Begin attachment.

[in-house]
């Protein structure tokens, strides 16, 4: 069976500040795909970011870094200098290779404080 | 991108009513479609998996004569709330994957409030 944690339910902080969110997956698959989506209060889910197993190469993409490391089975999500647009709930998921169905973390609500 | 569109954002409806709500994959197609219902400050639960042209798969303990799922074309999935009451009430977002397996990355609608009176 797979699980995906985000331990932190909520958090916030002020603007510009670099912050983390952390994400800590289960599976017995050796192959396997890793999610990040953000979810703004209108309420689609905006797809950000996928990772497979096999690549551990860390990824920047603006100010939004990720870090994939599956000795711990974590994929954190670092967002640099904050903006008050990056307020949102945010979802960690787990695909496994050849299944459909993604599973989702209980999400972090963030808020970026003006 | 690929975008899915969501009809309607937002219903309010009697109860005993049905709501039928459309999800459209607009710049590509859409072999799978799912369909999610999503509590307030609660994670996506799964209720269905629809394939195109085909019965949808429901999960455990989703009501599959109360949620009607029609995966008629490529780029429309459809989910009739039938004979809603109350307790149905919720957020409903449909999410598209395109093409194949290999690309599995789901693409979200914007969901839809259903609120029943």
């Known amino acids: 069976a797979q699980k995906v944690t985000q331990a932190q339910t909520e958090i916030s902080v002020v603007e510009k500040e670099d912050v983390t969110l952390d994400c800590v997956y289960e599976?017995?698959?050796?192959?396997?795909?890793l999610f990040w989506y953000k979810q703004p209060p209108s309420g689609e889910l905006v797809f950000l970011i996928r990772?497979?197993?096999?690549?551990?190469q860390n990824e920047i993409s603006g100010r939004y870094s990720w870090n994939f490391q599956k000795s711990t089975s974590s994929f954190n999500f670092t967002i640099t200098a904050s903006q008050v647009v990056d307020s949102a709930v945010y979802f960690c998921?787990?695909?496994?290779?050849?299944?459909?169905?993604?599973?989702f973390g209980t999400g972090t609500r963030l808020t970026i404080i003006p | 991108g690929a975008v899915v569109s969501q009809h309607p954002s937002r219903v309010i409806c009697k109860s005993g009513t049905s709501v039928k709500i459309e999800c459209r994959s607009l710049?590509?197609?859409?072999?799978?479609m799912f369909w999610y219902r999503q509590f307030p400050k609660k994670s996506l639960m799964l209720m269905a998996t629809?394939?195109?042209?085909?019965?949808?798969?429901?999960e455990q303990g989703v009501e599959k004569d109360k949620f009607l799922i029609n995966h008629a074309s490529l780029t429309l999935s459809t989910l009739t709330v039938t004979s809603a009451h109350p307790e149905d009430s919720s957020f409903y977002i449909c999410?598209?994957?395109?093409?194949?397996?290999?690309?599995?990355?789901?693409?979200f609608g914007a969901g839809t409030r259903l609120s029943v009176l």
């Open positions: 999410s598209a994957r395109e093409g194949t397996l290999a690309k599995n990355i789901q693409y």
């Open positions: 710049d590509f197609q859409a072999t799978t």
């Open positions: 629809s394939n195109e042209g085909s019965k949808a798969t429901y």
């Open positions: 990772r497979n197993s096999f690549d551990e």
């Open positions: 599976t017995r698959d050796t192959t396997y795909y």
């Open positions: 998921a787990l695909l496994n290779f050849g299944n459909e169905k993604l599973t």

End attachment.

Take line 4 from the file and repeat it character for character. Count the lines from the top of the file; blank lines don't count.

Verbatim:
């Open positions: 999410s598209a994957r395109e093409g194949t397996l290999a690309k599995n990355i789901q693409y």